Because it is such a long drive from almost anywhere, many folks head for California Gulch in the late afternoon to maximize the potential for rare residents here; namely Five-striped Sparrow and Buff-collared Nightjar. Our focus on the morning of July 4th did not include the Nightjar, so we opted to head down in the morning for higher bird activity. In addition to the birds, of course, there is always plenty of good scenery in this corner of the world!
A view from the southern end of the Gulch, looking north.
We even ran into a couple of herps:
A Canyon Treefrog (Hyla arenicolor) blending in well amongst the rocks.
An Elegant Earless Lizard (Holbrookia elegans) scurrying amongst the sparse grass.
Our main mission was a serious attempt to track down a reported (but as yet undocumented) Plain-capped Starthroat, a VERY rare hummingbird - even in this land of rarities. We went through the morning with no sign of it, but we did find a few other species that I dare not insult by calling them "consolation prizes."
We also found something very interesting instead: a strange female Broad-billed Hummingbird that not only showed a white supercilium, but also a hint of white striping which framed the lower side of the auriculars, complete with darkish-colored throat (pollen). While this discovery certainly does not negate the previously reported Starthroat, it does indicate that caution should be used when identifying hummingbirds in the Gulch. We also learned that bringing feeders, even for just a morning of birding, can attract at least some attention from hummingbirds in the area. In 4 .5 hours spent in the Gulch, we noticed no other hummers besides that female Broad-billed, which particularly liked our feeder.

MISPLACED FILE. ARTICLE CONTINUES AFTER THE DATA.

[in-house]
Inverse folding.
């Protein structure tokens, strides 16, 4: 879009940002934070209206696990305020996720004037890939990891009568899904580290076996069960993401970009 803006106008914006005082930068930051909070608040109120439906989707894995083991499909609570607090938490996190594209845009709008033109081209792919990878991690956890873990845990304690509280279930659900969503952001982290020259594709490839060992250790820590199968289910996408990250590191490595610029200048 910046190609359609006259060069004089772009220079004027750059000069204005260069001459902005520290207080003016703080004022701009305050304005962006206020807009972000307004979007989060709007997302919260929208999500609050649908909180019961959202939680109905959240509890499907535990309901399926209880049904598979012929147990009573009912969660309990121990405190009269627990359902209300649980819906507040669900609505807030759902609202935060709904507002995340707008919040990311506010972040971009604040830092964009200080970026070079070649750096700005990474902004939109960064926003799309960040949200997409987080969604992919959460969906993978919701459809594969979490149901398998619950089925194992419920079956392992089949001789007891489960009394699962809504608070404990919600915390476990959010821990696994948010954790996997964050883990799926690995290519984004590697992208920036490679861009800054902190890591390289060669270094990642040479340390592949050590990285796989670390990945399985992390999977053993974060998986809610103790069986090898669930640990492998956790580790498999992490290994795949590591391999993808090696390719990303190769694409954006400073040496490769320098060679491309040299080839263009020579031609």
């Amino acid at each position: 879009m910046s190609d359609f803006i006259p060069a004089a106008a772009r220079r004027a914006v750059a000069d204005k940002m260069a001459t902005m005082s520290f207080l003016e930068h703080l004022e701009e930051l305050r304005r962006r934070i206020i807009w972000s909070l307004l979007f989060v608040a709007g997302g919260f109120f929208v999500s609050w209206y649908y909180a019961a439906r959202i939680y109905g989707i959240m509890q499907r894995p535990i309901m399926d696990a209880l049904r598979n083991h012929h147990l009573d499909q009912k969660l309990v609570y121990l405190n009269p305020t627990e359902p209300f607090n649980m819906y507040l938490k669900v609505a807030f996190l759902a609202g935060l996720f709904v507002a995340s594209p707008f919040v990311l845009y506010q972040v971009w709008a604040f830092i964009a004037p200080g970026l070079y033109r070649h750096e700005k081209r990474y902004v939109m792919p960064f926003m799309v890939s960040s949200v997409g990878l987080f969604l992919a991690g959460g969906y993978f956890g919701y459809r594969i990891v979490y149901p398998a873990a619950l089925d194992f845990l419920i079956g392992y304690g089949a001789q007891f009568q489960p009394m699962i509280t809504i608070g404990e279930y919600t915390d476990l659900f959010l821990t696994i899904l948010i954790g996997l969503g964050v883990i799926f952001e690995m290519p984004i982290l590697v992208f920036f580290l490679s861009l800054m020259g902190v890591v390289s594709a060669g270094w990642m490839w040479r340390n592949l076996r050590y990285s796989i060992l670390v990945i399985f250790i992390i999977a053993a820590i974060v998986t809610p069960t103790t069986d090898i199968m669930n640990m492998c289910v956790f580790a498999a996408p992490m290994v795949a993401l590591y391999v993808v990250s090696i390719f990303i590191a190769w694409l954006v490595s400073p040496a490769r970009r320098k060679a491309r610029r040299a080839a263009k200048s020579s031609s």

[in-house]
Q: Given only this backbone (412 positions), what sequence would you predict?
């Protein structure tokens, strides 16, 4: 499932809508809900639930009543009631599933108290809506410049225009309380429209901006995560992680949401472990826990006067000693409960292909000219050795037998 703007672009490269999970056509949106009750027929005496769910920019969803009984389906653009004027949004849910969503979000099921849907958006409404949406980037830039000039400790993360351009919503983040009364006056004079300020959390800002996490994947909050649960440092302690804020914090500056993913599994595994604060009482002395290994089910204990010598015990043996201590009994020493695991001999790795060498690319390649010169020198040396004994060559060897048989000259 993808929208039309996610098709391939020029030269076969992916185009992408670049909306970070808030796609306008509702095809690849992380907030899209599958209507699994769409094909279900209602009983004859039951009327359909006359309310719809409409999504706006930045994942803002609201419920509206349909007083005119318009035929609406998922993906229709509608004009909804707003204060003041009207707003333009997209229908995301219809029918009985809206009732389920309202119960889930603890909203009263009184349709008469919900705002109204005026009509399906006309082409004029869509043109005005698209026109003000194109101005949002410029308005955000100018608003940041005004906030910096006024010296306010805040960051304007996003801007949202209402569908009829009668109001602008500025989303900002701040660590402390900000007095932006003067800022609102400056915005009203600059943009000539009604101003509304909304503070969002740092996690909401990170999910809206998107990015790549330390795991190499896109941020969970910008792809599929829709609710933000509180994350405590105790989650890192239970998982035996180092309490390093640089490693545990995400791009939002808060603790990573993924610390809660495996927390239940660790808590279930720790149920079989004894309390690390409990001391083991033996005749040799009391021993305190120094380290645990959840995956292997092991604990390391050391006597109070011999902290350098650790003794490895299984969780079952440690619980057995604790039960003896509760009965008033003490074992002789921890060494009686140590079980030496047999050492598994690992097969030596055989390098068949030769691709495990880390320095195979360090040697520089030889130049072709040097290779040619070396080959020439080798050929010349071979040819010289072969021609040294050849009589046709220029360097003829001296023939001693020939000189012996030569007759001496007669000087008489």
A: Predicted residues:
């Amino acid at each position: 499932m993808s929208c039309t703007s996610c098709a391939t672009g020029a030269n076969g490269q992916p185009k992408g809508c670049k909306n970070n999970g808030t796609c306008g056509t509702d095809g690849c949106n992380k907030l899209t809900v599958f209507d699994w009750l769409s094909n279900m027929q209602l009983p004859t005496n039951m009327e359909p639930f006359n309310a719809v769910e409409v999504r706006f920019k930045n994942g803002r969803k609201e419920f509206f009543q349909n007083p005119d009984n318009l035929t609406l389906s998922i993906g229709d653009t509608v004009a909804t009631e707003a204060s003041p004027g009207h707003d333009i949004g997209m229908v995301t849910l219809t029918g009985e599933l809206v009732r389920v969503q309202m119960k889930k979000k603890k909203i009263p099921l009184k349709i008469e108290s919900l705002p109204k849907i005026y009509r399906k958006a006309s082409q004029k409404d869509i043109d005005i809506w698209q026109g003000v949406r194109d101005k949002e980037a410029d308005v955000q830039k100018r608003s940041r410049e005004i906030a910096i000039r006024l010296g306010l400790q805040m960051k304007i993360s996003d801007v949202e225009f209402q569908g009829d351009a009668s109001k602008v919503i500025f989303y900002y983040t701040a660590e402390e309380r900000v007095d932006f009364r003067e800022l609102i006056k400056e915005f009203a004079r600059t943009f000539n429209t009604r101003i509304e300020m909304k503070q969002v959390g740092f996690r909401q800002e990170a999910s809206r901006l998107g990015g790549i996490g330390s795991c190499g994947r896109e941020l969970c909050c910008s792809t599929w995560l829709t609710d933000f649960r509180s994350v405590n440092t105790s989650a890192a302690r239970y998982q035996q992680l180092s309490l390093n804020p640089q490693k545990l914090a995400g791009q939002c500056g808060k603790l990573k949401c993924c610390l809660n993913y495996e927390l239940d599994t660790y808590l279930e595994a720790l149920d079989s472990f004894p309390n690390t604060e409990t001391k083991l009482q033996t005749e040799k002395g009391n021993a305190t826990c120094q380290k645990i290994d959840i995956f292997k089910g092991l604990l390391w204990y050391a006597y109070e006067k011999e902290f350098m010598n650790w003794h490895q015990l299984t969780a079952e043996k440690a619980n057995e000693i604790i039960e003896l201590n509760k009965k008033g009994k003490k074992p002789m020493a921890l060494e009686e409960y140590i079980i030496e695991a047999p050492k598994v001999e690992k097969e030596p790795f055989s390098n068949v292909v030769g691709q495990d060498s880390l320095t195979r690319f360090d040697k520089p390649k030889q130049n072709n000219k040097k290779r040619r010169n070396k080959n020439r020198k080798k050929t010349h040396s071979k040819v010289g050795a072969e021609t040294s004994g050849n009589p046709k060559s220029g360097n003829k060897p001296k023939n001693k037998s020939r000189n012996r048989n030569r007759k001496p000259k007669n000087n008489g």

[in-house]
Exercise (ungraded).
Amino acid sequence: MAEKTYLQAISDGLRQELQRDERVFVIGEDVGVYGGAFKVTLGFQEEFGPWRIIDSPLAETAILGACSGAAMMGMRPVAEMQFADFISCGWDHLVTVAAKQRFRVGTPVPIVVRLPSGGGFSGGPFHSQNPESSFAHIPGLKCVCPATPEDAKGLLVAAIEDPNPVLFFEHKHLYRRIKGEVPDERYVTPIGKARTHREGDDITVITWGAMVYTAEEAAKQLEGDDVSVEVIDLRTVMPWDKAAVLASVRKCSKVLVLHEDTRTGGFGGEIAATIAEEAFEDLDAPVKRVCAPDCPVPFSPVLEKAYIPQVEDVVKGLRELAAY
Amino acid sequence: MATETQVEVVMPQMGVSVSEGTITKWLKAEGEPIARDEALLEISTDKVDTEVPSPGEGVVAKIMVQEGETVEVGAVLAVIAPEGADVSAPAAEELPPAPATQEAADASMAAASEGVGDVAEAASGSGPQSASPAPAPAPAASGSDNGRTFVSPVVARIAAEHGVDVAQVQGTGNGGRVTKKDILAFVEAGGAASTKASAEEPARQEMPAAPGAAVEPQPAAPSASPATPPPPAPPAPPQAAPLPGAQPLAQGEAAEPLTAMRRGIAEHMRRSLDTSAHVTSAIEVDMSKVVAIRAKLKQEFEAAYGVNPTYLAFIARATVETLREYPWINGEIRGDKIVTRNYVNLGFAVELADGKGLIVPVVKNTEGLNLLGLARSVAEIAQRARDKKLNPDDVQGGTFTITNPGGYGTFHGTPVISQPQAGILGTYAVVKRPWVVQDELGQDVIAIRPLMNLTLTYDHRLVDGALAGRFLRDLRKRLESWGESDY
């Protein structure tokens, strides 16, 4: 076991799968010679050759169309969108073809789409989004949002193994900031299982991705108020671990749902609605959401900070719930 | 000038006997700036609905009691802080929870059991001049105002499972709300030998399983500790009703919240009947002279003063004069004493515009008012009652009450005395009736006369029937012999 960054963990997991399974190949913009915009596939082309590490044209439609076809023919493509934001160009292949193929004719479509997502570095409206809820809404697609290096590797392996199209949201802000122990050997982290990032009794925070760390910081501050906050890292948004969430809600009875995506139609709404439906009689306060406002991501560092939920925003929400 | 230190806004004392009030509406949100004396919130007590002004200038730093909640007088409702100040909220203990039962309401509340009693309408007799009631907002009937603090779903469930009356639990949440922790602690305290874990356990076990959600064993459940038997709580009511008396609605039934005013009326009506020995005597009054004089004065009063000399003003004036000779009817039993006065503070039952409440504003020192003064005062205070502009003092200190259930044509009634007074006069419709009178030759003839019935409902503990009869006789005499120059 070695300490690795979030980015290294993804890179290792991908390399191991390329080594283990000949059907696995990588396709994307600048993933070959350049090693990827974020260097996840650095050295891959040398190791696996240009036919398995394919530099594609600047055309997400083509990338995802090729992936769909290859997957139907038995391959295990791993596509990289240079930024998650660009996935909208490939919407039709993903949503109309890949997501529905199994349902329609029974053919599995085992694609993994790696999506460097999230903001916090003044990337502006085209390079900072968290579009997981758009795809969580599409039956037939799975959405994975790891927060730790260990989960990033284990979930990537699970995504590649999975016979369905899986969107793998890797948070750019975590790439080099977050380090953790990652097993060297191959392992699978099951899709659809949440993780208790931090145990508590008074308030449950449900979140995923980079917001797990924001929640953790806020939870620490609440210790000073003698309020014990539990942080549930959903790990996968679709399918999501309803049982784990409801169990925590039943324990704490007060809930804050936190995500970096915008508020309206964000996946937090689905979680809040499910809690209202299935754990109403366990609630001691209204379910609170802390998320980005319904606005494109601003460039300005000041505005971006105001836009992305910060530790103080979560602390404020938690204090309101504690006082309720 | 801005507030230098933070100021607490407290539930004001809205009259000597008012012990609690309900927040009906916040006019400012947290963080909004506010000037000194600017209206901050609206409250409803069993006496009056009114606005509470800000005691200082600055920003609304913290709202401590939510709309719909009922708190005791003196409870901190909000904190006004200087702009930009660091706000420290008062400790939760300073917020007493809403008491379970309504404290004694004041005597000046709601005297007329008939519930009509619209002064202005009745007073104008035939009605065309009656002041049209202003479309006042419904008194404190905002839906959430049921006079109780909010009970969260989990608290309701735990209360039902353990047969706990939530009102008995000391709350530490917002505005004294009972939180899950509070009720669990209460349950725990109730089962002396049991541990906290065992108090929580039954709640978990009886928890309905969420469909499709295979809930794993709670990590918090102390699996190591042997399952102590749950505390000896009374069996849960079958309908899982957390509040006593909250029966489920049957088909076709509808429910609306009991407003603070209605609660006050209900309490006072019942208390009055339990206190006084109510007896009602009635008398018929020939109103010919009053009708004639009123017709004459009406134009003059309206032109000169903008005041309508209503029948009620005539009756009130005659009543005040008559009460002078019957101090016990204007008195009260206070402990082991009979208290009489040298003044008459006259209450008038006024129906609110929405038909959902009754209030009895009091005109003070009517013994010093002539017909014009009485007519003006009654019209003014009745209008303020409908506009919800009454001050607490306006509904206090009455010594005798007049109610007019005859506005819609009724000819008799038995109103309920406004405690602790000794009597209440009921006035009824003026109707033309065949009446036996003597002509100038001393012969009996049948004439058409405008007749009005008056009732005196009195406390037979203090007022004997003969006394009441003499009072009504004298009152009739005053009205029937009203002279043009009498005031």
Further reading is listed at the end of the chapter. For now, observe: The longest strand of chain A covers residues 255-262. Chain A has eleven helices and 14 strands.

We did, however, track down this little guy:
A beautiful male Black-capped Gnatcatcher! A female was following closely behind him, though we didn't obtain a photo of her. These pictures were very difficult to obtain, as the subject was almost directly above our heads at a neck-wrenching height. I'm impressed that Keith managed any photos at all! Keith also recorded a half-minute or so of vocalizations which will be useful in documenting this occurrence. I believe that Dave Stejskal, Jerry Bock, and Mark Stevenson found what is almost certainly the same bird 2 weeks prior to us, in about the same area.
This fellow and many others like him were in full song throughout our visit:
He didn't afford the greatest angle for a picture, but this view is neat because you can actually see all 5 white stripes of the Five-striped Sparrow (Aimophila quinquestriata). After the monsoons begin in southeastern Arizona, these sparrows become very vocal and much easier to find. While they are quite common in the appropriate habitat throughout western Mexico, the only two places you can currently find them north of the U.S. border are California Gulch and Sycamore Canyon. (They are probably more numerous in Sycamore Canyon, but this requires a 9-10 mile round trip hike...needless to say, most folks opt for the Gulch. However, if you are fit enough, I strongly advocate birding and hiking Sycamore Canyon. It's both beautiful and bird-filled!)
My personal favorite, however, was this spectacular Montezuma Quail (Cyrtonyx montezumae):
This entertaining male and his duller-colored mate entertained us for at least five minutes, scratching at the gravel in front of our car and generally showing off. While they can be very difficult to spot initially (they hunker down in grass taller than themselves), they are often easy to observe if you can manage to find them. We just got lucky; they were sitting on the road as we drove into California Gulch! All in all, a 4th of July morning well spent.